Not Even Fox Knows Why They’re Tracking Super Bowl Players’ Body Temps With Infrared Cameras


Hopefully the players won’t get cold feet. (FLIR)

They need to show us how cold it is because they know we didn’t pay attention to the weather report.  

For the first time, Fox Sports will allow viewers to eat wings and drink cold beer while watching infrared updates on the even colder Seahawks and Broncos players’ body temperatures. 

While more than 80 cameras will show the game that we’re actually interested in, one FLIR infrared camera will allow football fans to see how warm or cold the players are based on how red or blue they look.

Broken Finger

Is he giving us the thermal finger?

So stop anticipating the commercials and the game itself because tracking the player’s body temperature will be the sight to see at Super Bowl XLVIII. Except not really.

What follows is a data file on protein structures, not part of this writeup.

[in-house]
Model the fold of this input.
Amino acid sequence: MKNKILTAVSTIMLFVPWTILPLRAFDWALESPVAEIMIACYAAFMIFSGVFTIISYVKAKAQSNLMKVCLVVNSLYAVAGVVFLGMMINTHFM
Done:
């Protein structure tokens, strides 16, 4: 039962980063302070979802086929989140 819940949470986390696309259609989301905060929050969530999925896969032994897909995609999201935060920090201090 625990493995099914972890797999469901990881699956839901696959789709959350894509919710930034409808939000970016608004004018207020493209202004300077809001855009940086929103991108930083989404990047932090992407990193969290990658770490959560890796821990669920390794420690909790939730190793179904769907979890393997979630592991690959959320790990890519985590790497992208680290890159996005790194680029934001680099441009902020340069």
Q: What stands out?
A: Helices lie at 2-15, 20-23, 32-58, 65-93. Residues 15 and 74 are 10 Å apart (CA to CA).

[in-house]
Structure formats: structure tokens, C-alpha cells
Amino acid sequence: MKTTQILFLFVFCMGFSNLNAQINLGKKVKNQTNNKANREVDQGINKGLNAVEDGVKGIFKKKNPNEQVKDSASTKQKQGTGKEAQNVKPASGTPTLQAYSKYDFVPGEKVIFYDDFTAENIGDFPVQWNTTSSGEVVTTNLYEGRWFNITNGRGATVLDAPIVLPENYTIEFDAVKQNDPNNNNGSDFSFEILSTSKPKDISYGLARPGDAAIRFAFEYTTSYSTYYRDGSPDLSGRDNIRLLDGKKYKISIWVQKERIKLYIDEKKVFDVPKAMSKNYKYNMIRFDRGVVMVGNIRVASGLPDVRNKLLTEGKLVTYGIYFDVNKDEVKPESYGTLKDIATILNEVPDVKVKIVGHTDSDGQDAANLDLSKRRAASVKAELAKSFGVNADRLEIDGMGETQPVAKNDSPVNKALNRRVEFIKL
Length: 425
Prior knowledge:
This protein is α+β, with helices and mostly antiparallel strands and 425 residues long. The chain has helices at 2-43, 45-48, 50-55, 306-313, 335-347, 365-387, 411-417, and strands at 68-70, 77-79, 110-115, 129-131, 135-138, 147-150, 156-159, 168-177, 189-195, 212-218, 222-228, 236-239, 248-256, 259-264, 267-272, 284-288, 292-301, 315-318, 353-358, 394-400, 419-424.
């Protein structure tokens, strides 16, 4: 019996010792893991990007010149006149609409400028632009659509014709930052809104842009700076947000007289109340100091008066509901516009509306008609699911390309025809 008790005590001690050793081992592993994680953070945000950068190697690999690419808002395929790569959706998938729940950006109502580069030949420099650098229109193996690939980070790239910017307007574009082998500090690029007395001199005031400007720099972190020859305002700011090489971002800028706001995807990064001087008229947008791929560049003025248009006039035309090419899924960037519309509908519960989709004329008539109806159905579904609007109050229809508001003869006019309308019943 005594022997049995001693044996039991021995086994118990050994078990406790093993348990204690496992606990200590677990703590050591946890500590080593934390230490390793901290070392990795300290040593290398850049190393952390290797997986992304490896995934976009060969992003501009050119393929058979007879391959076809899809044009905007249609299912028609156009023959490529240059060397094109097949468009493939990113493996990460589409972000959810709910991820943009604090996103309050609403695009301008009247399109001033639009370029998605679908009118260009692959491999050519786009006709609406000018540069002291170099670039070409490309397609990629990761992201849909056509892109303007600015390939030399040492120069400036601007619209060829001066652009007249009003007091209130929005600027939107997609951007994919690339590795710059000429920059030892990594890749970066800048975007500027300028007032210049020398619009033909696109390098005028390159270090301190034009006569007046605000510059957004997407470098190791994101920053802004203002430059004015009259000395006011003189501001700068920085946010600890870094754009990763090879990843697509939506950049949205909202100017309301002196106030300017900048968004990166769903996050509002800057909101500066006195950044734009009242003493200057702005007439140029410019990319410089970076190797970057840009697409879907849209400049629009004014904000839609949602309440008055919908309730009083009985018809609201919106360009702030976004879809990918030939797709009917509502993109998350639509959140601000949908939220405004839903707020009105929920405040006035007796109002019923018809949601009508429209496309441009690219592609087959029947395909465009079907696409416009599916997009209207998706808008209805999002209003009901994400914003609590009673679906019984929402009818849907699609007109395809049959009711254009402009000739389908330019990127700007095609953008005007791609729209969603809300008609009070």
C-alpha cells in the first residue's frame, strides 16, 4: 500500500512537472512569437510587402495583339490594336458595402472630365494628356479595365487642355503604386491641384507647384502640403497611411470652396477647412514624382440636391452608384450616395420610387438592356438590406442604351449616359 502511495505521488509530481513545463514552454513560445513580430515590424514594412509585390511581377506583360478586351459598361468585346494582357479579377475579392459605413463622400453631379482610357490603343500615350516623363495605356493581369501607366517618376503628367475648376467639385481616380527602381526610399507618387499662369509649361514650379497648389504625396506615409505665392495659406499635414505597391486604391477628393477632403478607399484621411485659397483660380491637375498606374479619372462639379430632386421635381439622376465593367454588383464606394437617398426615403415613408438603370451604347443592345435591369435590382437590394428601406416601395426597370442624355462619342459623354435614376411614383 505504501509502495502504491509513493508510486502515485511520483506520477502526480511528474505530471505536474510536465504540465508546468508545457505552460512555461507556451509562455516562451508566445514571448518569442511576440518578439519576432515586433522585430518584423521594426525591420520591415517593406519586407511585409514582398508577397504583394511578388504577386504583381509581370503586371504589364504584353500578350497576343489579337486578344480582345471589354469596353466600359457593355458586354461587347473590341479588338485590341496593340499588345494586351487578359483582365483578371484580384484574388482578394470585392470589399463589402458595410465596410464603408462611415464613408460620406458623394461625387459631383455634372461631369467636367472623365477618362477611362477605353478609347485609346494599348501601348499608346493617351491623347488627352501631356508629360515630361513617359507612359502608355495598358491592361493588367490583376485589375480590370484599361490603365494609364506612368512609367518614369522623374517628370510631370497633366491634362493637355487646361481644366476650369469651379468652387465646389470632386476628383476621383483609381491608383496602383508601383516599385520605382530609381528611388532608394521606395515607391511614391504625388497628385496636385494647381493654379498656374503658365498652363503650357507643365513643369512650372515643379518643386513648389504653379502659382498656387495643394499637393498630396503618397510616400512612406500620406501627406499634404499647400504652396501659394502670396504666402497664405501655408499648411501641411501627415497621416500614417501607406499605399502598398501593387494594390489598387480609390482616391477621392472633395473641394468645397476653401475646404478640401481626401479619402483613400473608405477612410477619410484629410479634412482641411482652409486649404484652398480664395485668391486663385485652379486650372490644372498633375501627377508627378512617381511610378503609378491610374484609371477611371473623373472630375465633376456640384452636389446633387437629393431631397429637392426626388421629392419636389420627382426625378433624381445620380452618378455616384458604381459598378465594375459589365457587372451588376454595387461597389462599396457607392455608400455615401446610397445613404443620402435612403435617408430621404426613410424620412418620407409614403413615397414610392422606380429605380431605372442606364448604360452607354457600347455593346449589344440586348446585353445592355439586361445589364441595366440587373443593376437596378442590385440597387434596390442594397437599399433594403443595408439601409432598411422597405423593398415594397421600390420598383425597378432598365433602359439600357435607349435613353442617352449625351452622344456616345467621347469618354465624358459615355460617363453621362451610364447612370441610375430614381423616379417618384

Fox Sports doesn’t even know what they’re going to do with this information.

“I don’t know what story that tells, but it might make for some pretty cool pictures,” Eric Shanks, Fox Sports chief operating officer and executive producer, told the Television Critics Association.

The manufacturers of the product, however, have found numerous uses for the technology in sports. 

BOS_IR_JF_male knees_1

Who wears short shorts?

“Thermal imaging is used in many blood flow applications where you can see how warm extremities are. We can see how a player’s circulation is working or how a player is recovering from an injury,” Allen Frechette, Vice President of Marketing at FLIR, told The Observer.

At the 2011, World Series, thermal imaging was used to show if a foul ball hit a batter’s foot.

Fox Sports, who has no useful plans for the heat tracking technology, will keep it limited to the Super Bowl for now, but may make the cameras part of the regular season in the future.

Not sure if this is a game plan they should run with.

Not Even Fox Knows Why They’re Tracking Super Bowl Players’ Body Temps With Infrared Cameras